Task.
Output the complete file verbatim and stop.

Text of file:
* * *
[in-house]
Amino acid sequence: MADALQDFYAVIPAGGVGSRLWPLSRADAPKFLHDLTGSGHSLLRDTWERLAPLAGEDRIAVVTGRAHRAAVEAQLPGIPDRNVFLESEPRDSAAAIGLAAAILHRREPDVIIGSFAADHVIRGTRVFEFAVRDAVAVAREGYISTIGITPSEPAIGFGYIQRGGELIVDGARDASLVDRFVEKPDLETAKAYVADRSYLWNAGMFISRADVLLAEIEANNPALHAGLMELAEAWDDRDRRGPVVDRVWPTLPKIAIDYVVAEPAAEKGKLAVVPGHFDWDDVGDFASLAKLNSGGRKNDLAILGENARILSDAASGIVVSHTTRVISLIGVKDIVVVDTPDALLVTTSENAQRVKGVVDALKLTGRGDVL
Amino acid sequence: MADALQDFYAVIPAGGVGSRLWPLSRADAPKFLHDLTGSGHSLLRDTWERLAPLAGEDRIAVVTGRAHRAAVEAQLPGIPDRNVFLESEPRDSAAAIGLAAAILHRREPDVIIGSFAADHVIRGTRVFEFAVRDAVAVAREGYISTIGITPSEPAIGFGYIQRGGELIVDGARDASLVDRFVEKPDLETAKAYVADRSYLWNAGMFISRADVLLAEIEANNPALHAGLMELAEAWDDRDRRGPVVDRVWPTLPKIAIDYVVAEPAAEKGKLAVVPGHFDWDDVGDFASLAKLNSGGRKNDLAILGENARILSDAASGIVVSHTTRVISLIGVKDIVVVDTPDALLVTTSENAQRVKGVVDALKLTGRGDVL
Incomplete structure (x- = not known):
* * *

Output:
[in-house]
Amino acid sequence: MADALQDFYAVIPAGGVGSRLWPLSRADAPKFLHDLTGSGHSLLRDTWERLAPLAGEDRIAVVTGRAHRAAVEAQLPGIPDRNVFLESEPRDSAAAIGLAAAILHRREPDVIIGSFAADHVIRGTRVFEFAVRDAVAVAREGYISTIGITPSEPAIGFGYIQRGGELIVDGARDASLVDRFVEKPDLETAKAYVADRSYLWNAGMFISRADVLLAEIEANNPALHAGLMELAEAWDDRDRRGPVVDRVWPTLPKIAIDYVVAEPAAEKGKLAVVPGHFDWDDVGDFASLAKLNSGGRKNDLAILGENARILSDAASGIVVSHTTRVISLIGVKDIVVVDTPDALLVTTSENAQRVKGVVDALKLTGRGDVL
Amino acid sequence: MADALQDFYAVIPAGGVGSRLWPLSRADAPKFLHDLTGSGHSLLRDTWERLAPLAGEDRIAVVTGRAHRAAVEAQLPGIPDRNVFLESEPRDSAAAIGLAAAILHRREPDVIIGSFAADHVIRGTRVFEFAVRDAVAVAREGYISTIGITPSEPAIGFGYIQRGGELIVDGARDASLVDRFVEKPDLETAKAYVADRSYLWNAGMFISRADVLLAEIEANNPALHAGLMELAEAWDDRDRRGPVVDRVWPTLPKIAIDYVVAEPAAEKGKLAVVPGHFDWDDVGDFASLAKLNSGGRKNDLAILGENARILSDAASGIVVSHTTRVISLIGVKDIVVVDTPDALLVTTSENAQRVKGVVDALKLTGRGDVL
Incomplete structure (x- = not known):